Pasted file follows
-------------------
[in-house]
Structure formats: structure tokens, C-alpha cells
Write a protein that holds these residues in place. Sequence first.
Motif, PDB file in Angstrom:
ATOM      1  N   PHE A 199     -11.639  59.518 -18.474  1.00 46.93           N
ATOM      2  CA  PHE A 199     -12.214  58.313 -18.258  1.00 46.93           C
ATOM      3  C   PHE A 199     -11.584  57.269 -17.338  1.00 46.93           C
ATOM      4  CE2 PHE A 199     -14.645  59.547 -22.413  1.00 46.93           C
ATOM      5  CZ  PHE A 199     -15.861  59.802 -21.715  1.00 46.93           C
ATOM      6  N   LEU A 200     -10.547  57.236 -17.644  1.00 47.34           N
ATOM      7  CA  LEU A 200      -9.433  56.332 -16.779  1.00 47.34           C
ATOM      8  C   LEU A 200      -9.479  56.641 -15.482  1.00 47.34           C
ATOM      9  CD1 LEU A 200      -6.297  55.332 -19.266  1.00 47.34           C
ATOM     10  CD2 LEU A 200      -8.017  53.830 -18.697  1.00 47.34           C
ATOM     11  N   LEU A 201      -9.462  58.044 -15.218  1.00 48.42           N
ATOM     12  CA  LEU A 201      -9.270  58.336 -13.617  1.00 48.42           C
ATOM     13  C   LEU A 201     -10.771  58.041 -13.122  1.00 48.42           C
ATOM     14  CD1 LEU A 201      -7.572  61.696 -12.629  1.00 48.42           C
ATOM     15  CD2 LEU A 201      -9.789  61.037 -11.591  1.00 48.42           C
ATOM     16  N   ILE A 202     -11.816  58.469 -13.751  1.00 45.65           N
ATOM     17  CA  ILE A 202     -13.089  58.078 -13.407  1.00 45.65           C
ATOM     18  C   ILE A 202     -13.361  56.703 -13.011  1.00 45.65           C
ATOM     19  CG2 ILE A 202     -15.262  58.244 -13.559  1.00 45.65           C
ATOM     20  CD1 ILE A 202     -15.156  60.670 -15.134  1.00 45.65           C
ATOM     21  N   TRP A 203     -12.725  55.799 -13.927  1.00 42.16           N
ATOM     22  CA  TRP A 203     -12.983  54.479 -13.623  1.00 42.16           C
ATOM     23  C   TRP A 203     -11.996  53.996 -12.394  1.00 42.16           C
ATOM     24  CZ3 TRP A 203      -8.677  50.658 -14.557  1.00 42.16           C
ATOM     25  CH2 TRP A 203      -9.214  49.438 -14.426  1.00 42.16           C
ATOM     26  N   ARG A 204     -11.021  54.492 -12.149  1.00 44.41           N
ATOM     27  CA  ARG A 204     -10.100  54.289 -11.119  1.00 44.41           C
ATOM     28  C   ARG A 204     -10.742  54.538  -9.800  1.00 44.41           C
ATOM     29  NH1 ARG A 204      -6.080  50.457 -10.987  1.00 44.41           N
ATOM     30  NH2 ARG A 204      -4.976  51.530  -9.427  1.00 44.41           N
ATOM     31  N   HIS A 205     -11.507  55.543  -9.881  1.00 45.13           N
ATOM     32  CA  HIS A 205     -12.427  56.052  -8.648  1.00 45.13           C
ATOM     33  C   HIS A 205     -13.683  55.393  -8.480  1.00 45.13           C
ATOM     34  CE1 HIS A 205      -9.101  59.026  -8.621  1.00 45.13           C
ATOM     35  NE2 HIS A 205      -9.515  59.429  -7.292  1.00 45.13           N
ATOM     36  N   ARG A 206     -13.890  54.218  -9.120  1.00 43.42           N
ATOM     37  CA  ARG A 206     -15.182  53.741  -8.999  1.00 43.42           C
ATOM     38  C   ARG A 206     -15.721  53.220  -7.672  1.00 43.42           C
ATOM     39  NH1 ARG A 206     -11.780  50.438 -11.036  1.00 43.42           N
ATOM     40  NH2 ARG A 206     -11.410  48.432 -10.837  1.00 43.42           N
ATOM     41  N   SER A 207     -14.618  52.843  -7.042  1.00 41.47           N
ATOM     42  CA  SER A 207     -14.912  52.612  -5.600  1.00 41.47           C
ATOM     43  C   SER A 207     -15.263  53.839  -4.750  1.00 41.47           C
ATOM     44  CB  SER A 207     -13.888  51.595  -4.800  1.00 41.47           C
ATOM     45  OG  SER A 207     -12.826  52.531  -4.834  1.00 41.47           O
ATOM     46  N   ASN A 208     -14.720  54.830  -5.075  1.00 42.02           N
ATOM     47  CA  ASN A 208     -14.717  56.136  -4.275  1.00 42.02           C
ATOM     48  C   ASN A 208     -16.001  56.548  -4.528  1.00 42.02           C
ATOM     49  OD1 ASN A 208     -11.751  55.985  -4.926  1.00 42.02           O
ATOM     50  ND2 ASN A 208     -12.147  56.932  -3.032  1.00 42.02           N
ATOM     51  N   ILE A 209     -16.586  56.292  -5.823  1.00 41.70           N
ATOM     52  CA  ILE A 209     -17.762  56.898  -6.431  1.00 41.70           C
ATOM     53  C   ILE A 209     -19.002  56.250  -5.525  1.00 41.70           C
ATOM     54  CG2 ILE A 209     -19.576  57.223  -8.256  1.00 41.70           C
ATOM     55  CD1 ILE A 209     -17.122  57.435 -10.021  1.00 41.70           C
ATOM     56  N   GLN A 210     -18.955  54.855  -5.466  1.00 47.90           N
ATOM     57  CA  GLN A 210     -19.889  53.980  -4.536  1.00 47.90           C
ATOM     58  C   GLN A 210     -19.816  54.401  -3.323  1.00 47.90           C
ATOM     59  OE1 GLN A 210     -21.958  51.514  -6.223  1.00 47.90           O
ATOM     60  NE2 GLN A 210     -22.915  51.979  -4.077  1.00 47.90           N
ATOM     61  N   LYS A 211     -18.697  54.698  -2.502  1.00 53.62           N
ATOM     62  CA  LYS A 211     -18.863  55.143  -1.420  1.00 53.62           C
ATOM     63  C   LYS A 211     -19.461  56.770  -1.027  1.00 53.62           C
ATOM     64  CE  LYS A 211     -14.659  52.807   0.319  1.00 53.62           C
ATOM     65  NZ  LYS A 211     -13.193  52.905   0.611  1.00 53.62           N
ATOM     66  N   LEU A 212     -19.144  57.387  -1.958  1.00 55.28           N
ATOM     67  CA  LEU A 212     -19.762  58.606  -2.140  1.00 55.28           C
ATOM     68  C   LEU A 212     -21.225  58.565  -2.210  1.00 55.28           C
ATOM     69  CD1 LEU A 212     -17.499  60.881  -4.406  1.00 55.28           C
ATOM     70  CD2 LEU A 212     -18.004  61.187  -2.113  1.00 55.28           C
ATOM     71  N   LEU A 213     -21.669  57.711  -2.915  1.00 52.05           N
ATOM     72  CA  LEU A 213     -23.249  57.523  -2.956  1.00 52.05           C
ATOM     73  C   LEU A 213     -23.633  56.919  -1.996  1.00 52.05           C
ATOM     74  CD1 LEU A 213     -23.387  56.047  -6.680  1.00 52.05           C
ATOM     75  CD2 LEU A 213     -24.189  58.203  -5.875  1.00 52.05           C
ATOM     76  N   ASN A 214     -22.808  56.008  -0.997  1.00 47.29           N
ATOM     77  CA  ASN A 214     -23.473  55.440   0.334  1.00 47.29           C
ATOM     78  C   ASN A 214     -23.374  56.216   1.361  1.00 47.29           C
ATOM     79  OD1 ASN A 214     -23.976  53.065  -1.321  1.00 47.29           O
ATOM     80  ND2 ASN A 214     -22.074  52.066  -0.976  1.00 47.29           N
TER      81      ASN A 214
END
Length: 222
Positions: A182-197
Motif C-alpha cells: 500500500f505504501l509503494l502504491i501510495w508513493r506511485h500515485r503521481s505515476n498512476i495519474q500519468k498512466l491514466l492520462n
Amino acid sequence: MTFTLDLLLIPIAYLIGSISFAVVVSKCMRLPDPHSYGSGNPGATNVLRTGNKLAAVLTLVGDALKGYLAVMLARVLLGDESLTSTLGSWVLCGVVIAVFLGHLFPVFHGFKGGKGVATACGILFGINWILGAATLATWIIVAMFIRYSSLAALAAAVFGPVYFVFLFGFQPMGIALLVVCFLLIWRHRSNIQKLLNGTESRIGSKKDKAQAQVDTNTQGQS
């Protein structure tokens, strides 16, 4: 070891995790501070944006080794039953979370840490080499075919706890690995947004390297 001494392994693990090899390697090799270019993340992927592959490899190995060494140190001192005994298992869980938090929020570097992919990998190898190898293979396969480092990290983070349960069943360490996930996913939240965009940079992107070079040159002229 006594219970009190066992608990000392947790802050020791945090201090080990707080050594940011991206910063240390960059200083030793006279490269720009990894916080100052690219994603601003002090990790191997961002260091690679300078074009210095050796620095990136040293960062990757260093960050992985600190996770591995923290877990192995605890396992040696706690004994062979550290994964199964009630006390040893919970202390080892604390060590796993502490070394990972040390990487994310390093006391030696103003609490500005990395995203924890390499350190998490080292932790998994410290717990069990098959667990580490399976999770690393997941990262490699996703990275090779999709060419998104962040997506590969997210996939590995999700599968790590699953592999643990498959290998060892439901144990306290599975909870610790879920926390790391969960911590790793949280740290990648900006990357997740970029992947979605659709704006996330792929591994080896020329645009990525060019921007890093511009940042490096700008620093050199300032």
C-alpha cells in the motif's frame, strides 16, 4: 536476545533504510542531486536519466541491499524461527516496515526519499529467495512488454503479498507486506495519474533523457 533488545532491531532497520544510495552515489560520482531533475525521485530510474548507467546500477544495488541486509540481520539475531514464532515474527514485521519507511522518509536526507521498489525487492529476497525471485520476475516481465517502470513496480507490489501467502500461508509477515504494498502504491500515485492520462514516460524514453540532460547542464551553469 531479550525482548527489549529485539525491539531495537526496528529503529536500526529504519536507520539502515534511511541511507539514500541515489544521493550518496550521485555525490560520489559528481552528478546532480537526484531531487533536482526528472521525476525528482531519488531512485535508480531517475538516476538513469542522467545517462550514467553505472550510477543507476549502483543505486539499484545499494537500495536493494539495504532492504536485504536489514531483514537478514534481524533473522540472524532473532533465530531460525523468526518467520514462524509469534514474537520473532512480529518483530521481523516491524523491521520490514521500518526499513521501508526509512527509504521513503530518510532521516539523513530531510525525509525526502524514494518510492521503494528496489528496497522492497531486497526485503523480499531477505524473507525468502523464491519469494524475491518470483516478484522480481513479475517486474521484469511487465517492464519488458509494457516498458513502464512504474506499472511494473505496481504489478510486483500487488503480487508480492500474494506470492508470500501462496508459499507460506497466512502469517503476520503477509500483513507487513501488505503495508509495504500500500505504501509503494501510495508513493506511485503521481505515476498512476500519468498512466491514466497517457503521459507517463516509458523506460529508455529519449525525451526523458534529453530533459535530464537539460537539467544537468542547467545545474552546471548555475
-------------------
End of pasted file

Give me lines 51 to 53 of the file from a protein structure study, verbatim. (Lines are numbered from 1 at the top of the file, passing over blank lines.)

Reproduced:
ATOM     47  CA  ASN A 208     -14.717  56.136  -4.275  1.00 42.02           C
ATOM     48  C   ASN A 208     -16.001  56.548  -4.528  1.00 42.02           C
ATOM     49  OD1 ASN A 208     -11.751  55.985  -4.926  1.00 42.02           O